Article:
This week, I'm going to sing the praises of another book written and illustrated by the same person and, while this is a picture book, I'm going to recommend it for adults and older kids (my eight year old found it spectacular but my little ones didn't get it and lost interest).  It is Mimi's Dada Catifesto by Shelley Jackson.

I will admit that it took me a little bit to get into this book because it actually does deal with dadaism and I wasn't fully prepared for such a topic when I picked up a picture book.  But it is worth the effort!  Humorous, informative, crazy and dadaist to the max.  Enjoy!

Friday, September 24, 2010

How to Write Compelling Characters

Today I'm taking part in the "The Great Blogging Experiment" started by YA author, Elana Johnson.  She suggested we all write on the topic above and just see how many different kinds of posts we get.  Over 150 people signed up to participate!  So check out Elana's blog here and check out the vast list of participants (including Elana herself).

On to the topic!  How to write compelling characters.  This is a very interesting subject to me in terms of picture books.  Most of the advice I've read on this is geared toward YA or middle grade authors.  All of the advice-givers say that it can apply to picture books as well, but I think there are some different things at play for the picture book audience.

First, your character has to be illustratable!  There is a very fine balance in picture books between revealing your character's attributes in the writing, and letting the illustrator be a creative force as well.  I find that I always over-describe in my first few drafts of a story.  Then I have to start deleting.  I these initial description overkills are necessary for me to get the character solidly in my head, but they do eventually have to be taken out for the sake of the audience and the illustrator.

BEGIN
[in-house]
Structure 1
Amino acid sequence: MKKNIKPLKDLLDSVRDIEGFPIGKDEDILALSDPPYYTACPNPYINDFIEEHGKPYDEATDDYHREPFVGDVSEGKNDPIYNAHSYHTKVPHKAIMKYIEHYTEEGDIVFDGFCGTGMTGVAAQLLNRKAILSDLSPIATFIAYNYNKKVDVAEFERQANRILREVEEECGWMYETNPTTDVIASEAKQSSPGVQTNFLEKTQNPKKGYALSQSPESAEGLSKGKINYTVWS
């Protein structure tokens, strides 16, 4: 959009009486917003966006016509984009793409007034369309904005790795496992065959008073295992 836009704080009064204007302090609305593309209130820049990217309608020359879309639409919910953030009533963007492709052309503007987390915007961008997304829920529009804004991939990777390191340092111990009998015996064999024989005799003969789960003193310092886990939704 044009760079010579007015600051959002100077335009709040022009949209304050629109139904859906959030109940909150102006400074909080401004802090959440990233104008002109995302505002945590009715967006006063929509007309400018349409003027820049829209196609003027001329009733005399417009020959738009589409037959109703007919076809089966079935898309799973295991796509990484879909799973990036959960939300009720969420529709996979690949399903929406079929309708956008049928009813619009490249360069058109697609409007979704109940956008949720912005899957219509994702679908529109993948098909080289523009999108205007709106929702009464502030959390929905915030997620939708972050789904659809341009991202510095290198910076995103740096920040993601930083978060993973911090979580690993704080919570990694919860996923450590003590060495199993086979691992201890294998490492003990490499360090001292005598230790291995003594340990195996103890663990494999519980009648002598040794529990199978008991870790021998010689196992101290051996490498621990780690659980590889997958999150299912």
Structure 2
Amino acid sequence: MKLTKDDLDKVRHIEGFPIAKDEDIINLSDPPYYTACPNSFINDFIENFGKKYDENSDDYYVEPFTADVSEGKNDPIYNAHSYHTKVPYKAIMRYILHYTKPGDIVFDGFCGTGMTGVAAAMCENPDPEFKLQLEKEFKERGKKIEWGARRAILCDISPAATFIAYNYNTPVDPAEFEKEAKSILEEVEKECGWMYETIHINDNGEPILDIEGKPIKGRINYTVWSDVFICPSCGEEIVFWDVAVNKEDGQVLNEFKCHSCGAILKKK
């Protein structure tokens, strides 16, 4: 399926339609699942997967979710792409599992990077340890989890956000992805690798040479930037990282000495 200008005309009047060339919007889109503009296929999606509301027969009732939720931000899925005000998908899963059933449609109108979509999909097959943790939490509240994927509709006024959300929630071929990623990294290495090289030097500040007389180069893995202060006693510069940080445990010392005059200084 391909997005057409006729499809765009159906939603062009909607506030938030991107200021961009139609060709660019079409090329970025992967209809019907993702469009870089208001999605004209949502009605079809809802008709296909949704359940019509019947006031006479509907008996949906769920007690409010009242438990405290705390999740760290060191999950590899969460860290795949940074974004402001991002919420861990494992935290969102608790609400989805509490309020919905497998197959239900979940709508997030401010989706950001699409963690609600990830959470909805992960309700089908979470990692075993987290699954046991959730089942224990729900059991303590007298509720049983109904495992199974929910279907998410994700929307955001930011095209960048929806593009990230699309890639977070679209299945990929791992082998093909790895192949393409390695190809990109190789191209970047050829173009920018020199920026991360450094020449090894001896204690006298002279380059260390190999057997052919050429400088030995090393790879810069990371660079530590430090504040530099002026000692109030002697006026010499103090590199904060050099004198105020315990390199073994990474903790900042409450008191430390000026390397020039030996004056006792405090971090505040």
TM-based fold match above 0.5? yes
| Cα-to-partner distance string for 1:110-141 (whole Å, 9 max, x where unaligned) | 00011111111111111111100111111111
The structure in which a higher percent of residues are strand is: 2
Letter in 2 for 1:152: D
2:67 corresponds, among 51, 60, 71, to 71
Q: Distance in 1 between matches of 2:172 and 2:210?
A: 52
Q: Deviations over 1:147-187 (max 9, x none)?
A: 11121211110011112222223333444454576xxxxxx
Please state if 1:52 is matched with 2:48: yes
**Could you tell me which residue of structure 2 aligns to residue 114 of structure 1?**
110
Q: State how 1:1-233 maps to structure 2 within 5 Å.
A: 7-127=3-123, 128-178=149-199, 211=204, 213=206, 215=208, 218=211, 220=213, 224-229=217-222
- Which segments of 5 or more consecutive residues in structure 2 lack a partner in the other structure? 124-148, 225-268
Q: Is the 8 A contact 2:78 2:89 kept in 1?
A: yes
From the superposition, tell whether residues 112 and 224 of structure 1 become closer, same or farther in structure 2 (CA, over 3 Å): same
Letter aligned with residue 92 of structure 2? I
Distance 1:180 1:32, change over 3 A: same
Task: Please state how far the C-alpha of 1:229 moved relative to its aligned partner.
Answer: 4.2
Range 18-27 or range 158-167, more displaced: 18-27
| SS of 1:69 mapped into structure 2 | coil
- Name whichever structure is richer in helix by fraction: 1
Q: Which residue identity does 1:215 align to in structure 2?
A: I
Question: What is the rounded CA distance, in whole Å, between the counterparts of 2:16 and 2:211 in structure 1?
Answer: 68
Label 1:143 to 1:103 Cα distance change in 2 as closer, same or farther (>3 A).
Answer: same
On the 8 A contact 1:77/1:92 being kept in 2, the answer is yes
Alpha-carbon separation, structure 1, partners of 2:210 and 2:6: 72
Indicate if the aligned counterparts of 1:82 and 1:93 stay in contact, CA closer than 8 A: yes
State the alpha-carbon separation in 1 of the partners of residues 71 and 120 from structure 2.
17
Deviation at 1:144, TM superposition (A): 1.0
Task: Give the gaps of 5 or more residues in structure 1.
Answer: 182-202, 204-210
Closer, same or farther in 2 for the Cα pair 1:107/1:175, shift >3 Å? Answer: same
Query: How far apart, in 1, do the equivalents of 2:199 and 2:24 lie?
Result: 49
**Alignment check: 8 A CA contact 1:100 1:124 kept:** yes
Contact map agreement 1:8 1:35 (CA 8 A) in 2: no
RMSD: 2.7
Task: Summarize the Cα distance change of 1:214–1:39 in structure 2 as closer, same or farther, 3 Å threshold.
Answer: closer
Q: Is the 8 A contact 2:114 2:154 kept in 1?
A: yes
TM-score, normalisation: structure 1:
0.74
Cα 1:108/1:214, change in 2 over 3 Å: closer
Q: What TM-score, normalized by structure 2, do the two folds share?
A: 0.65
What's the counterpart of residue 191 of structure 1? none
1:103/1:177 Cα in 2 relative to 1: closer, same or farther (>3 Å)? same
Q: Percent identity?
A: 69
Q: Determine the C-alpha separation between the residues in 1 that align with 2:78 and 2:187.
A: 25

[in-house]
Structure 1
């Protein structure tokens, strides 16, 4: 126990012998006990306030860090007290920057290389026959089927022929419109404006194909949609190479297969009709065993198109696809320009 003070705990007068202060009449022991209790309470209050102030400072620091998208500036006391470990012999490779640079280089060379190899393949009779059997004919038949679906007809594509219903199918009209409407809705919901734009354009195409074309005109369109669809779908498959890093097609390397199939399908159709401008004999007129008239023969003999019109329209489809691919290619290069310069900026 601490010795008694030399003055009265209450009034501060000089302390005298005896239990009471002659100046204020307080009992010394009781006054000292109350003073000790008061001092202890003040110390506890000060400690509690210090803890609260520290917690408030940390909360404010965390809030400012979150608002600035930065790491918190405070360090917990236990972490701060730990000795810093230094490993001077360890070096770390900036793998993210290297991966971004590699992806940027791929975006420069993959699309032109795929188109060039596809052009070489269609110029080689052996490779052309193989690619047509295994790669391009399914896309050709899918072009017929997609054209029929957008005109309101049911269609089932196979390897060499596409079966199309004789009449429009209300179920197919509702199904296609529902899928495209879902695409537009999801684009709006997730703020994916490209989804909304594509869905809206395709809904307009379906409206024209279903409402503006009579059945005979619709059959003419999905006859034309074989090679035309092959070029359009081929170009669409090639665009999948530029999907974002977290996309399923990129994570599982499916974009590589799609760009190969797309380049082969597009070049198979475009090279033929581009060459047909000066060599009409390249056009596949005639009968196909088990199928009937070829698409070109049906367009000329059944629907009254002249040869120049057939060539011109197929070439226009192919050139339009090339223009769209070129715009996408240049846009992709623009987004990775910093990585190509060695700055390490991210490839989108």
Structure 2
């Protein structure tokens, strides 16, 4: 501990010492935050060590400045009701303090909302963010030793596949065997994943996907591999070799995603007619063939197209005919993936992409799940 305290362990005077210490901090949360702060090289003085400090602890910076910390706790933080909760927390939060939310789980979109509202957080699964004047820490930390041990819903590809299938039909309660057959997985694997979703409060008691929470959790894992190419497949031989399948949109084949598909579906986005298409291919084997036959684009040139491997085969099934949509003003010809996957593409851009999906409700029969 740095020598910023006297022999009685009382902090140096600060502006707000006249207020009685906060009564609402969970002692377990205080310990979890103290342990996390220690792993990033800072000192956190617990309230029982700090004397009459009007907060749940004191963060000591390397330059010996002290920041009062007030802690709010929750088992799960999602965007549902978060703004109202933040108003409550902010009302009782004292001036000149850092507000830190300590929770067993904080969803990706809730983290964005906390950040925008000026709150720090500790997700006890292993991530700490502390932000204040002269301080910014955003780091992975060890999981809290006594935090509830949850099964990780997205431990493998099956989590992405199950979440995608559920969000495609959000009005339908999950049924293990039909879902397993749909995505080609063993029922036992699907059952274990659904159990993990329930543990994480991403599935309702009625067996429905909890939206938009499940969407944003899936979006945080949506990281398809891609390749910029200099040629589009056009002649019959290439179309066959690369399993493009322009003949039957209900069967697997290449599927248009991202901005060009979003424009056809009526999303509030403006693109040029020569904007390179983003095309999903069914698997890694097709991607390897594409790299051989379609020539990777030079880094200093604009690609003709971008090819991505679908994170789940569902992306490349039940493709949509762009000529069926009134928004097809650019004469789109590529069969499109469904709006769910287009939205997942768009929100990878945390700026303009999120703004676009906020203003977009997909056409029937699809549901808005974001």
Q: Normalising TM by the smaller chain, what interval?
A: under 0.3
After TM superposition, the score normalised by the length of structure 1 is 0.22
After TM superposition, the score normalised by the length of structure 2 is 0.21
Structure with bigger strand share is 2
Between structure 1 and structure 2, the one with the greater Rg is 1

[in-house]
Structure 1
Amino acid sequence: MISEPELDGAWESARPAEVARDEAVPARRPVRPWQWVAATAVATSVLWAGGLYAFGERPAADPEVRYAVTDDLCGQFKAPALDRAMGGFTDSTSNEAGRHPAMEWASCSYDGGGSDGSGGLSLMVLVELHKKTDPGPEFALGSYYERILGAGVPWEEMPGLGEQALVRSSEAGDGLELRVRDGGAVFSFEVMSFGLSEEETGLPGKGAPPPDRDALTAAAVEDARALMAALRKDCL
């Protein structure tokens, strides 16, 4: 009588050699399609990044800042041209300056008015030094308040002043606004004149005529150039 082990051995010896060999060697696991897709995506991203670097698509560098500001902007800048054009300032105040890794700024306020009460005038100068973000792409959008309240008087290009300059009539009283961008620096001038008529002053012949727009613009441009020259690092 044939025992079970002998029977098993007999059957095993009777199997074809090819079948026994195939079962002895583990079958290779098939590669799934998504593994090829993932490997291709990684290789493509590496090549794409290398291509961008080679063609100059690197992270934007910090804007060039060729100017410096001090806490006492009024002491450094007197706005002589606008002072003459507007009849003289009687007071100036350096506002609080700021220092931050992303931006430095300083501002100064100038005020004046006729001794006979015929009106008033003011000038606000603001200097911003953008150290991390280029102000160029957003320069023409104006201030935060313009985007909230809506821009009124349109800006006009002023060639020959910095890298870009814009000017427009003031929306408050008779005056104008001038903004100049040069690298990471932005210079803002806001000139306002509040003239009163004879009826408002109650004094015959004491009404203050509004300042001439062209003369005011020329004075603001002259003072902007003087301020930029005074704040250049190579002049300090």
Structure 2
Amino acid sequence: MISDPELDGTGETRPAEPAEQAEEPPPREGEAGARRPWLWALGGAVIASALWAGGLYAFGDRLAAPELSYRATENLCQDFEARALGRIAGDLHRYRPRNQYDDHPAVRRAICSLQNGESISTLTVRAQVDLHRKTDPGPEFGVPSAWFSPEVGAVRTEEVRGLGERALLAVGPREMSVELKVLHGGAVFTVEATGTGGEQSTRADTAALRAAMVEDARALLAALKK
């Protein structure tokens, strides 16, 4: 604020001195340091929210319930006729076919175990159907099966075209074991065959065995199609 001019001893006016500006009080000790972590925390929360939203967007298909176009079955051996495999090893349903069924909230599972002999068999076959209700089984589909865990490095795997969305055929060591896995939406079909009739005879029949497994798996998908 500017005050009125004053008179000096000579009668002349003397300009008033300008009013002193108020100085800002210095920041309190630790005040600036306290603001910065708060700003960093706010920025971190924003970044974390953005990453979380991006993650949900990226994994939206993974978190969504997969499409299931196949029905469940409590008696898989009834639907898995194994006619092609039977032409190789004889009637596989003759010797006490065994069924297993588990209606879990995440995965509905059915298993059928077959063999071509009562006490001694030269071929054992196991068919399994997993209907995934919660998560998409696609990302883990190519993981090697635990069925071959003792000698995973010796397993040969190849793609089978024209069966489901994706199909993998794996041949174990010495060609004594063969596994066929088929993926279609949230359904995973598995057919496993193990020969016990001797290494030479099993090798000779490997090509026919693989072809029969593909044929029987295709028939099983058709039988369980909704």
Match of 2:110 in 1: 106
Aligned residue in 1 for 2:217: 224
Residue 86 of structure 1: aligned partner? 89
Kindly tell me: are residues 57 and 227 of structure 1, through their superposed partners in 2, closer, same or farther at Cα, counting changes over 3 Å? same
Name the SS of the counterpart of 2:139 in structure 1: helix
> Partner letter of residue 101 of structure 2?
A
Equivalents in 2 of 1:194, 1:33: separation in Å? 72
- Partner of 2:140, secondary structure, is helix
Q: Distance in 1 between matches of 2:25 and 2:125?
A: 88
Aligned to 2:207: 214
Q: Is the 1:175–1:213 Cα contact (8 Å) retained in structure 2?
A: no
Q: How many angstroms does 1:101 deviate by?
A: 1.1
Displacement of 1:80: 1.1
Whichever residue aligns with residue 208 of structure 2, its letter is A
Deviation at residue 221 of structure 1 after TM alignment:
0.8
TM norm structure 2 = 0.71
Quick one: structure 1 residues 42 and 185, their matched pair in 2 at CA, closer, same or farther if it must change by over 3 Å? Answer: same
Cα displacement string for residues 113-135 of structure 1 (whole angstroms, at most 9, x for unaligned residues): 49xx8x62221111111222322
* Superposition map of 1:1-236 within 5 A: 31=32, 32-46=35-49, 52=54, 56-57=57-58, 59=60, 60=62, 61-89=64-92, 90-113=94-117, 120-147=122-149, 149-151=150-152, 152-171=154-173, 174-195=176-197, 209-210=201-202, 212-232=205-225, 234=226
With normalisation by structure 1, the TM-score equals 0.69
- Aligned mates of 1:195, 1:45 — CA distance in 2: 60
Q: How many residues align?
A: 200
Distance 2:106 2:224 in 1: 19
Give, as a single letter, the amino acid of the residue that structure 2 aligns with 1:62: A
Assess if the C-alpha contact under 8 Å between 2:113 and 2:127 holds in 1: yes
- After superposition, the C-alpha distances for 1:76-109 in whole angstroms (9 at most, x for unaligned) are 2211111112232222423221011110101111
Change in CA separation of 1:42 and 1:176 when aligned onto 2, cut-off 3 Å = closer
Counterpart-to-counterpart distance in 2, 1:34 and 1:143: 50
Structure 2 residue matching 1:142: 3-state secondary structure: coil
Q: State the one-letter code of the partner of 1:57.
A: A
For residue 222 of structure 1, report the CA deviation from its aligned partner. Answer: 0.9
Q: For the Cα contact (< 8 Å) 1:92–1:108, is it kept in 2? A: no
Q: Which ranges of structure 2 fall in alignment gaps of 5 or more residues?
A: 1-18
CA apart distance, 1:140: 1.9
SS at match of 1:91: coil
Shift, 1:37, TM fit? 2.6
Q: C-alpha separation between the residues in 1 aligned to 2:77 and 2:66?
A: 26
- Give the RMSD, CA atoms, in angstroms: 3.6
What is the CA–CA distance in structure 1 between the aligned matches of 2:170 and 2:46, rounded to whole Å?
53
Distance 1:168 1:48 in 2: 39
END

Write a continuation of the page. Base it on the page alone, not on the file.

Second, characters don't have to be human, but the audience still has to relate to them.  I realize there are some YA and MG exceptions to the human rule, but it is obviously much more common in picture books to find non-human characters.  Personally, I haven't written any "talking animal" stories yet.  I read great ones everyday and my children love them, but I have trouble writing them.  I am a very strong believer that a picture book's main character has to be totally relatable to a child and I'm just not able to write relatable animals (or leaves, creatures, fruit, whatever) yet.  I hope to experiment with it soon, but until I feel I can get it right, I'll leave it to the experts. 

Finally, I have been asking myself all week what makes a character compelling to a three year old.  Looking at my own three year old, he seems to go for characters that exude the same kinds of helplessness that he has in his life.  The brilliance of a good PB writer shines when they are capturing the vulnerabilities of a child while not making the child-reader feel threatened or adrift in a big scary world.  That is such a fine line for the picture book to walk.  Using the above mentioned non-human characters is one way to do this (think Clifford and Curious George), but what are some other ways?  That is the question I am wrestling with right now in my writing.  I'd love to hear your ideas (if any of you fellow bloggers touched on this in your post today, leave the link!).